What Is The Wine Industry Doing To Control Alcohol Levels In Wine?

This is a story about a company named ConeTech and its creator, Mr. Anthony Dann. What ConeTech does is correct the alcohol level in wine without undermining aromas and taste. However, allow me to take a step back please bear with me since I am a fan of “adjusting quit drinking in wine” in an effort to generate wine more enjoyable and simple on the mind.

Are the alcohol levels in wine getting a bit out of hand, especially when we realize it is possible for wine alcohol content to be 16%? Is a 16% alcohol degree giving the wine consumer worth? Many people like the flavors in wine that enhance the pleasure of a meal ; but are 16 percent over the top? Other people say that they just want a balance of aromas and flavor profiles in a wine. A lot of us simply enjoy a glass of wine by itself as a opportunity to enjoy flavors and scents. Well, if you usually agree with all the above then you are probably getting more mindful of exactly what high alcohol levels are doing to affect your enjoyment of wine.

I started drinking wine in the 1960’s while at college. At that point I clearly remember the alcohol in wine was approximately 11 percent and also pizza it was wonderful. Fast forward to now. At a recent wine tasting I noticed that a lot of the reds being poured were tagged at 15% alcohol. By legal criteria that signifies alcohol content might be as large as 16.5 percent and still be within label demands. Accordingly, within a 25 year interval alcohol material in U.S. wine has risen approximately 40%. European winemakers are also right up there with U.S. winemakers comparative to alcohol in wine.

So the question now is: What has precipitated winemakers to make wine with high levels of alcohol? There seem to be three reasons. First, climate change in wine growing areas, especially in California, has changed the harvest. Then, as temperatures increase, the chemical process which occurs on the vines brings on higher sugar levels in the fruit. And, it is the yeast functioning on the sugars that bring on greater alcohol. Related to the first point which currently brings us to the next point; fruit which remains on the vine also intensifies flavors and tannins. This helps eliminate the green tastes in underdeveloped fruit. Lastly, ultimately the wine is at the control of God and the winemaker. It’s the winemaker that chooses the yeast profiles, fermentation and the mixtures. Yeast is becoming a bigger factor as yeast manufacturers do more and more research on yeasts and their idiosyncrasies in winemaking.

A winemaker friend reminds me that higher alcohol wine provides more intense flavors/full body. Further, decreasing alcohol levels then compels a winemaker to do a delicate balancing act. The ultimate goal is preserving the chemistry profiles/taste consistency of the wines from season to season so that their customers can rely on the wine attributes and characteristics.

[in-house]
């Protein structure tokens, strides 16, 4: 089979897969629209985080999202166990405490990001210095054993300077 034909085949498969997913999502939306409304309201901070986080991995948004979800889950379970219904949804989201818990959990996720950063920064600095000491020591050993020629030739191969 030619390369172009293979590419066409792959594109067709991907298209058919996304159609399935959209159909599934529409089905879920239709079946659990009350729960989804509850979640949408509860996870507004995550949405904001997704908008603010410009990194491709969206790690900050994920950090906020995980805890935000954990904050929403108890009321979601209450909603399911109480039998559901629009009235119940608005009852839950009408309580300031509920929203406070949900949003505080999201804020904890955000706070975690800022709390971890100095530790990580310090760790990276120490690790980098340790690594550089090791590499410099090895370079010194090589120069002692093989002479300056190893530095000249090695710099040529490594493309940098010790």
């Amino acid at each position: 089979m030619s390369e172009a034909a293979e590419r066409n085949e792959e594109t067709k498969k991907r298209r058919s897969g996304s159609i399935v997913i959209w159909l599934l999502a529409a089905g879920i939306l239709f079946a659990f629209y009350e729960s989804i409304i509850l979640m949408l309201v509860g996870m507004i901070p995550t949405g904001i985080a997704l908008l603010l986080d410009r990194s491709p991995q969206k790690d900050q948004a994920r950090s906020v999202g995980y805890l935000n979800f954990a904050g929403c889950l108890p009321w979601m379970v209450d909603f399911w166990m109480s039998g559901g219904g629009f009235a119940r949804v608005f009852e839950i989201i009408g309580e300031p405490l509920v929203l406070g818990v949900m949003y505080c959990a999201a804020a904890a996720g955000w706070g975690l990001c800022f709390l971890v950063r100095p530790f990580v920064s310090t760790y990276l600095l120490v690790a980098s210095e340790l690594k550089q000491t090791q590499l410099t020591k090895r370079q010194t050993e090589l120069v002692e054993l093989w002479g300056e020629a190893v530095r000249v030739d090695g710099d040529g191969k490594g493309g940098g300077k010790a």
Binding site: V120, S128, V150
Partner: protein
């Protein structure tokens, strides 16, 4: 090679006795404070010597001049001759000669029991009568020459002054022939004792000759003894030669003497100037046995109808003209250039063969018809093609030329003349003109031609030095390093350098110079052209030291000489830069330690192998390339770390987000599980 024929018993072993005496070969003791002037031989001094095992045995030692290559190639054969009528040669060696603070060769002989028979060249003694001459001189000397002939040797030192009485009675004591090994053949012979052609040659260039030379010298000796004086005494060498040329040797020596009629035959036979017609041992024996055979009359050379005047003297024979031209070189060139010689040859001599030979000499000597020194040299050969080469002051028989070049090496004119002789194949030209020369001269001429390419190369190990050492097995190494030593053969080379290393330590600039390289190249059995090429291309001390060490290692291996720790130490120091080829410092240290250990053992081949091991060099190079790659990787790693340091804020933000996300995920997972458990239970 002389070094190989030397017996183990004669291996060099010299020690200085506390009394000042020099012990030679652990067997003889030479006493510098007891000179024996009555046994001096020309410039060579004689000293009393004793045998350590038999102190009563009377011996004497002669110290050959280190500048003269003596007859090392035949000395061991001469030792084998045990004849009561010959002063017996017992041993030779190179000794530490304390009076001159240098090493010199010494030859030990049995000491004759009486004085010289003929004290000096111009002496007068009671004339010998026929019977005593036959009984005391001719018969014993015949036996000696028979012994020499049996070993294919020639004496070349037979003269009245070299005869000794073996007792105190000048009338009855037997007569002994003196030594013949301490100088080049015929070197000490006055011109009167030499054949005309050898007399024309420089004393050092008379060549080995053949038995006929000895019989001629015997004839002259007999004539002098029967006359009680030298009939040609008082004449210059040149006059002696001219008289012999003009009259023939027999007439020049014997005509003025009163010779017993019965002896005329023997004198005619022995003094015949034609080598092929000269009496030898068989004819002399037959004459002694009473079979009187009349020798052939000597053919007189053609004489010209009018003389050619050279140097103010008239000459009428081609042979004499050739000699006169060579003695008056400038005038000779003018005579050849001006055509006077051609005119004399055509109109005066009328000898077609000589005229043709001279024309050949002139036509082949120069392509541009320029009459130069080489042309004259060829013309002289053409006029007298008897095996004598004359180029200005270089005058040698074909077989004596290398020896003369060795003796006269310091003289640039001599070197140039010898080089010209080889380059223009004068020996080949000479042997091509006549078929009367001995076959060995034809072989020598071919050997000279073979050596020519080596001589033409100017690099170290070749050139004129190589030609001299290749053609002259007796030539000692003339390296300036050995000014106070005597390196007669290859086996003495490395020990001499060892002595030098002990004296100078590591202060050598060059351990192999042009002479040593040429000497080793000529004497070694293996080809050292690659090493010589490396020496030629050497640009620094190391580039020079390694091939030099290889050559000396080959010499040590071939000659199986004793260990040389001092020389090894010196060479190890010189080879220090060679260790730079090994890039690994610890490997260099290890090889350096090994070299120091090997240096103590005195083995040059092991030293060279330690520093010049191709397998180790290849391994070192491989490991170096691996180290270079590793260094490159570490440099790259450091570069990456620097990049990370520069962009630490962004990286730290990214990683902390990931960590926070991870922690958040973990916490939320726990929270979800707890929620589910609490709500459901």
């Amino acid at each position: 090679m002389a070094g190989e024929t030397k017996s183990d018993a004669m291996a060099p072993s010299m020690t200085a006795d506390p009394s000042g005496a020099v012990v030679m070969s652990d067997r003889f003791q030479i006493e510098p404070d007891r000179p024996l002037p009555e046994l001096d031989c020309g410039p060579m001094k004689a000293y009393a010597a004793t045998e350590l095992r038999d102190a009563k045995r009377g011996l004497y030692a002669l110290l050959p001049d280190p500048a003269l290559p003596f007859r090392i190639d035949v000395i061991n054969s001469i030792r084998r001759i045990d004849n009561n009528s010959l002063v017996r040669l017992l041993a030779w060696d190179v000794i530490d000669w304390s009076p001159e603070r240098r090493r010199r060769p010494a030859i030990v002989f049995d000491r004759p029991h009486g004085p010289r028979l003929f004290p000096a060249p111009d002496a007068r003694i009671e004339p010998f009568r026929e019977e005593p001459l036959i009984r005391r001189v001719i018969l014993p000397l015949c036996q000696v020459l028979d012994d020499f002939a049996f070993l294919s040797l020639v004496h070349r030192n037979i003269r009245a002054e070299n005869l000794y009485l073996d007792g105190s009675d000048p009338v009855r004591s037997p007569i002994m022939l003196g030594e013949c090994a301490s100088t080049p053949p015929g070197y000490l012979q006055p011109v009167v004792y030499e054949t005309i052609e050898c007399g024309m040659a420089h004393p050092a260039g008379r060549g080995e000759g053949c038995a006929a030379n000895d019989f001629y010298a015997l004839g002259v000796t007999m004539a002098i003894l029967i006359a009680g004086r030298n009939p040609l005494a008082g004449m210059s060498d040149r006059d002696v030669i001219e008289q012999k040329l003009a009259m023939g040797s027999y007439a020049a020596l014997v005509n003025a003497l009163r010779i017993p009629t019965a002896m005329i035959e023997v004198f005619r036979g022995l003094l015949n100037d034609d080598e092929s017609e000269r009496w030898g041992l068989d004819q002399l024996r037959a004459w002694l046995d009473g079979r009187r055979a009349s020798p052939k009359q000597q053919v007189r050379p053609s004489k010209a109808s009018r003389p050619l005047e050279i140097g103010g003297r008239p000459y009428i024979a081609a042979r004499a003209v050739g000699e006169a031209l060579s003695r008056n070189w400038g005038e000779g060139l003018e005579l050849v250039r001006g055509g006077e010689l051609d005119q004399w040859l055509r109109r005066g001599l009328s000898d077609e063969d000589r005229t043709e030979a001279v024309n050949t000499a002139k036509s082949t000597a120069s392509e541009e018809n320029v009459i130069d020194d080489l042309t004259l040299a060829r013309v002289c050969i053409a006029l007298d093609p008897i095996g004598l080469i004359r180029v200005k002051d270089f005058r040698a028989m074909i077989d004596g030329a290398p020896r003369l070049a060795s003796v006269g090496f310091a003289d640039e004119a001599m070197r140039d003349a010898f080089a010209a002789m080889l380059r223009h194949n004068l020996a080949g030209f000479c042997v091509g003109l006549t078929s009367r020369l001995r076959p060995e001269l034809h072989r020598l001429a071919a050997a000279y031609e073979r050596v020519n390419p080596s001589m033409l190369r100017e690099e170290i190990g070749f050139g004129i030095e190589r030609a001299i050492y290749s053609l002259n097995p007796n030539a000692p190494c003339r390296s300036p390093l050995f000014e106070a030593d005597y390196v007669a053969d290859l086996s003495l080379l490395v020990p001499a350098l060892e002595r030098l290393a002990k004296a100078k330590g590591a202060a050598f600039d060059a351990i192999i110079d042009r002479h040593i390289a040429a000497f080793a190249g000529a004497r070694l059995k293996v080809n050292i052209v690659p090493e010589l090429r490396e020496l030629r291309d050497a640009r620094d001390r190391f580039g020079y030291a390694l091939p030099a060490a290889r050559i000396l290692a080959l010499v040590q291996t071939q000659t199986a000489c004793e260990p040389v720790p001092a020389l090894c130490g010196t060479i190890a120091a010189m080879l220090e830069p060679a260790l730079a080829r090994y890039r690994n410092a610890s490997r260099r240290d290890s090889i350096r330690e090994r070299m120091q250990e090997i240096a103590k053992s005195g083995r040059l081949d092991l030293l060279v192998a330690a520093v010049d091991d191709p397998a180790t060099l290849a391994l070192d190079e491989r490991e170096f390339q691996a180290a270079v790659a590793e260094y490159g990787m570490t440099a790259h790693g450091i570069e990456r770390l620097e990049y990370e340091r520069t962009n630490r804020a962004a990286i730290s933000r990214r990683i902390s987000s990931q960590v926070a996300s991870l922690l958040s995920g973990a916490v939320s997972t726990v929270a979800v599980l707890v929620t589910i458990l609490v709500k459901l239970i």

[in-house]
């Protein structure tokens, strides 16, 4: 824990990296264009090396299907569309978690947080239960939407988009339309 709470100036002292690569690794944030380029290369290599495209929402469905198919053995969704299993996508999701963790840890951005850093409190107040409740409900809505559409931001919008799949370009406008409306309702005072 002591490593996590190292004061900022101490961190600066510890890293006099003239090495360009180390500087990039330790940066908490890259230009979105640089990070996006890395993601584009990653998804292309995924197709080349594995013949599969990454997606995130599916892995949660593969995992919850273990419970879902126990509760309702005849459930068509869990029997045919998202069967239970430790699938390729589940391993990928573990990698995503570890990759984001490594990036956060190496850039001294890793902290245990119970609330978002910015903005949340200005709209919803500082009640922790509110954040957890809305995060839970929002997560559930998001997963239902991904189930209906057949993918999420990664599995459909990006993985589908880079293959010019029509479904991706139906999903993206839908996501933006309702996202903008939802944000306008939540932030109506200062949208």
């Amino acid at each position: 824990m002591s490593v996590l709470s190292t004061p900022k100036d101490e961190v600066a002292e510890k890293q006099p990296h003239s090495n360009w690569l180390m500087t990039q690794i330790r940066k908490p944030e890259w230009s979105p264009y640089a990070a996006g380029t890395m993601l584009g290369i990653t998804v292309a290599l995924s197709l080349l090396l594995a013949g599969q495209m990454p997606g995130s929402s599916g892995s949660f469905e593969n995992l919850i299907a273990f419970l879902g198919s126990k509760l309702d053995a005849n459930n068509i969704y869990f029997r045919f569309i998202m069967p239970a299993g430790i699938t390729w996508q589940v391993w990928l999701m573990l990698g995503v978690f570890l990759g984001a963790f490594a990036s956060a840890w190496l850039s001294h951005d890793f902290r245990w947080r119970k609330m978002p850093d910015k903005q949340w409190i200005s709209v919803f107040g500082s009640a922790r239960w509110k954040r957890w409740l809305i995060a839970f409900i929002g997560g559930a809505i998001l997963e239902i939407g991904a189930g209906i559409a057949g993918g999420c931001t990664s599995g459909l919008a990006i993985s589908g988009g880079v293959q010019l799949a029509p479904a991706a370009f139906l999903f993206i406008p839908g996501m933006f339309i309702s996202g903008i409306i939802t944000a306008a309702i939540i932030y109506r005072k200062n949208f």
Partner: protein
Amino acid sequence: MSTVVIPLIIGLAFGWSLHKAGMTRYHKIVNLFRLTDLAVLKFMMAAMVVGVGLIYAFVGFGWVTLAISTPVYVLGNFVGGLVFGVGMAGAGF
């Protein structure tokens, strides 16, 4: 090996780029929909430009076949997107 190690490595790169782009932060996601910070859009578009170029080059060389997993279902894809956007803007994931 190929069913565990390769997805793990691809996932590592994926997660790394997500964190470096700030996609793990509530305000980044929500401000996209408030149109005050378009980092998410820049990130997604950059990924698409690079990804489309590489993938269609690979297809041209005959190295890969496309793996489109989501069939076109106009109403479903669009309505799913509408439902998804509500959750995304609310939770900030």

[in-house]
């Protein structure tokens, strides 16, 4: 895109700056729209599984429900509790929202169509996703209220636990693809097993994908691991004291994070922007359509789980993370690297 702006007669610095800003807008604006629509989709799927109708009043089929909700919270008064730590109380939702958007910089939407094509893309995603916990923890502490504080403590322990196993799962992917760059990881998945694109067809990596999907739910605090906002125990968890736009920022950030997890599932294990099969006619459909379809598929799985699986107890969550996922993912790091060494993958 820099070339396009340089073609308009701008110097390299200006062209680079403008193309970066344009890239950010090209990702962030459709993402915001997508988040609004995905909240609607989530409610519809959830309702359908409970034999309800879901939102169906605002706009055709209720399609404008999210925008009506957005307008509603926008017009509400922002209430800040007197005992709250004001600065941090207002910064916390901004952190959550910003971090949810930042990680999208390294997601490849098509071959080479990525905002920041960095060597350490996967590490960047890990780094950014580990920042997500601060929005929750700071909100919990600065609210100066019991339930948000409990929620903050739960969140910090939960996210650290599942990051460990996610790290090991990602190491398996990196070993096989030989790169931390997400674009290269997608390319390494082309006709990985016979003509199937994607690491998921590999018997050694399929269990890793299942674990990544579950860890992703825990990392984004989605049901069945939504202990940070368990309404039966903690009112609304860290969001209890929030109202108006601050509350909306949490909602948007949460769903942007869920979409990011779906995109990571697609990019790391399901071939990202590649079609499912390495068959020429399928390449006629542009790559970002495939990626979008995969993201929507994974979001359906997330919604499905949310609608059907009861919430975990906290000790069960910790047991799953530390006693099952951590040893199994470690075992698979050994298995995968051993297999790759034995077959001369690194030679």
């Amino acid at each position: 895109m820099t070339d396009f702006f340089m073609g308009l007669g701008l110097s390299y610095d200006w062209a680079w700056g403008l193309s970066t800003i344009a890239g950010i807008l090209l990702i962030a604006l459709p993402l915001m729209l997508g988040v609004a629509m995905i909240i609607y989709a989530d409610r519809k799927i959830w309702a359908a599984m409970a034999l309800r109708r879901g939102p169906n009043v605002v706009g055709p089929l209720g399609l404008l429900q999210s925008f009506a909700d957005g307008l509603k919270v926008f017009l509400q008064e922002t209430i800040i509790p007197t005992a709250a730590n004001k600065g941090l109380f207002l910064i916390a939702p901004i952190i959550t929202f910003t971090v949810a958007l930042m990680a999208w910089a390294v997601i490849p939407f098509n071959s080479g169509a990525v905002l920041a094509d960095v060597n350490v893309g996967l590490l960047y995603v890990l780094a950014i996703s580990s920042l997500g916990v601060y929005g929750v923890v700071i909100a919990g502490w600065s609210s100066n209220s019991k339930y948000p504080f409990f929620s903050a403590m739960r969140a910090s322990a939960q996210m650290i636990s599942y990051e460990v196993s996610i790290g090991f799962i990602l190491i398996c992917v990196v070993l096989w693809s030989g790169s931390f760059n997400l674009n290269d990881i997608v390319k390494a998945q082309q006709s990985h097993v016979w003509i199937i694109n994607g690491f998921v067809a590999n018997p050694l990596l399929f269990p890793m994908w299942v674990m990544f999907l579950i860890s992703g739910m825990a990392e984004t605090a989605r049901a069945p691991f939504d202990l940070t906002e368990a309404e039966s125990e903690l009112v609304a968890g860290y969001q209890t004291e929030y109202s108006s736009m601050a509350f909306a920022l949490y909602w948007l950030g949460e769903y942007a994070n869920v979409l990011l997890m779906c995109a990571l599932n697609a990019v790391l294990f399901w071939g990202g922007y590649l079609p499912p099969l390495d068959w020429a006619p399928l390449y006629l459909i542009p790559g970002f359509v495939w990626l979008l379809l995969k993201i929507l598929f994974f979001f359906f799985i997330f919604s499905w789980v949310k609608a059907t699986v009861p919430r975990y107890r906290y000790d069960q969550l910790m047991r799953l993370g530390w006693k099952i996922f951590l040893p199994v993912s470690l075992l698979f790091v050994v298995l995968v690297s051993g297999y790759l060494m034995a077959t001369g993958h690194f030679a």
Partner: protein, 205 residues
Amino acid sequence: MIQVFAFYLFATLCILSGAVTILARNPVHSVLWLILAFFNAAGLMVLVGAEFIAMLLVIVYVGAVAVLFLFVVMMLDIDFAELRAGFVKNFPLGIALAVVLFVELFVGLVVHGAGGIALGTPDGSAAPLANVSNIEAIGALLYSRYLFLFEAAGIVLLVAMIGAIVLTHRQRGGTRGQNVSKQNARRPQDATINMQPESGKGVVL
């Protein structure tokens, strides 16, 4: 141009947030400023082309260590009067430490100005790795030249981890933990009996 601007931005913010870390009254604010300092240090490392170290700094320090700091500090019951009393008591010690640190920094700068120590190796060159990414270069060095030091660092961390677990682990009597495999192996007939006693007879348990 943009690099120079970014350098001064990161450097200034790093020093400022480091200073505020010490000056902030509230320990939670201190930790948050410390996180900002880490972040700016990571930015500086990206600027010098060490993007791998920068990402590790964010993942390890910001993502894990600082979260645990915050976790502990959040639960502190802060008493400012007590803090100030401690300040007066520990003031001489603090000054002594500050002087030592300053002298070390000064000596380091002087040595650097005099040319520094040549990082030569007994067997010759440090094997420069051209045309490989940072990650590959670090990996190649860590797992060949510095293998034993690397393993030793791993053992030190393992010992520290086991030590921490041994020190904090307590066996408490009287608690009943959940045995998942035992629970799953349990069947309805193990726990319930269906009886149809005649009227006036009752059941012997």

Bear in mind, like most things in life that are man-made; it is a balancing act between compromises. Without alcohol there is no wine. Laura Gray wrote in 2011, “Alcohol affects the taste, texture and structure of a wine.

Personally, I do not like high levels of alcohol. Here is why:

Ethanol can mask aromas and taste of wine; it becomes a sexy wine.
I am limited by how much I can consume as a matter of civility and coherent speech.
High alcohol can accentuate the feeling of sweetness in wine-I do not like sweetness.
We have observed alcohol content in wine increase. That isn’t a bad thing if stored in balance and not in excess. But what happens when wine achieves a higher alcohol level naturally or it’s likely to come-in using a high brix level, then how can it be corrected? Legally, there appears to be three procedures; two mechanical procedures and two organic. The natural processes involve vineyard management procedures and tweaking fermentation with different yeasts that feed on the sugars.

The mechanical procedures include two technologies: spinning cone and reverse osmosis. Reverse osmosis we’re generally familiar with because most homes use the procedure to remove certain chemicals and minerals out of drinking water. The other, somewhat newer technology is turning cone.

I recently was meeting a buddy in the cork industry in Santa Rosa and we got into a discussion about ‘hot’ wines. He remarked that a friend of his worked at the lab at a sizable premium winery and noted that from time to time tasting extremely large alcohol wines fried sensory perceptions of their wine. He then mentioned Mr. Tony Dann and his work in founding a company (ConeTech) at Santa Rosa which used a 20 year old technologies produced in Australia that corrects alcohol in wine.

I was intrigued that anybody would dare play a delicate operation on a living thing as precious as wine. One afternoon this idea was verbalized upon assembly Tony Dann for the first time, I could tell he was a bit tweaked by my bringing so much ignorance to the dialogue. “Depending on the fermented wine we receive, what the winemaker wants to achieve, and the winery’s historic brand profile; sometimes technological intervention is appropriate if it in no way injures the integrity of the wine,” said Mr. Dann. “What we give our customers is: absolute confidentiality, our respect in approaching the winemakers’ original creative objectives, the best process understood, and an expertise that’s as much about winemaking as about technology. Simply put, we don’t mess around with the serious business of wine.”